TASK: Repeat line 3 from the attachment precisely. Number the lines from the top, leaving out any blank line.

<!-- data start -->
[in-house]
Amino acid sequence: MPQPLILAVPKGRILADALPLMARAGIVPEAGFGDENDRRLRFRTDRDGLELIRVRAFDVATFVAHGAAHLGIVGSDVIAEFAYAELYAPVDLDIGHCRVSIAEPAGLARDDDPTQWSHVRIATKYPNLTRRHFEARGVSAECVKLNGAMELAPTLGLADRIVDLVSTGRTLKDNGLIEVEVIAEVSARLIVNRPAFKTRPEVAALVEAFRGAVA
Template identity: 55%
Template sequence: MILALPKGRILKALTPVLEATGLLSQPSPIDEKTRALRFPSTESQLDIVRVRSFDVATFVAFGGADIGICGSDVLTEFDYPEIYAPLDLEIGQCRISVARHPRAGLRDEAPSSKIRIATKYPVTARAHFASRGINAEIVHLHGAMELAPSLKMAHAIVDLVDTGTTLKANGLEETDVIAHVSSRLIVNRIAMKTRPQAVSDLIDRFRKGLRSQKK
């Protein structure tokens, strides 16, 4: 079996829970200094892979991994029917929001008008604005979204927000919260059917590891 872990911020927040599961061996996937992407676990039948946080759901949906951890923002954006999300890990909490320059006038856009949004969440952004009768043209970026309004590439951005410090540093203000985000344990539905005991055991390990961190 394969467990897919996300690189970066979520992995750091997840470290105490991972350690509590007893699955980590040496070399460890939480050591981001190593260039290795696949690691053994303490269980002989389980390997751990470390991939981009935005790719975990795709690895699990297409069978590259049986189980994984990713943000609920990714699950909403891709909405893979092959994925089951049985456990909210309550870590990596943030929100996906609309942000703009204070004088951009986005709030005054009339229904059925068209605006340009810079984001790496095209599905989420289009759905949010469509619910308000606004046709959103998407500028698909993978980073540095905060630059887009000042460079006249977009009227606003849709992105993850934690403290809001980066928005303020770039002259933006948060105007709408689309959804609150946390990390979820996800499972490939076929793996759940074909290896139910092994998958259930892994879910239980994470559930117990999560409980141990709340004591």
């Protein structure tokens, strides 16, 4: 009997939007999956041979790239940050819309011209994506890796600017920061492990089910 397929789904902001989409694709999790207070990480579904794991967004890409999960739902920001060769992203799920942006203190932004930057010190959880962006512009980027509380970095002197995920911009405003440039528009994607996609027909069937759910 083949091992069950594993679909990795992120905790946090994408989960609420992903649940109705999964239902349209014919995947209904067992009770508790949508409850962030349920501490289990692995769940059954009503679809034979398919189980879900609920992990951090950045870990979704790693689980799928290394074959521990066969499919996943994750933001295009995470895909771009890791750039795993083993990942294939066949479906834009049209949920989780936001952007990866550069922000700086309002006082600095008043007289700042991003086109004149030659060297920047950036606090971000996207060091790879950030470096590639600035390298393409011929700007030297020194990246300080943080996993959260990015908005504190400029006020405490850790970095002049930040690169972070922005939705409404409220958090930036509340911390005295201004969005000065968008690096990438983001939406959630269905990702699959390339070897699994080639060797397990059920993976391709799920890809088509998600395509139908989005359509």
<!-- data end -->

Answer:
Template identity: 55%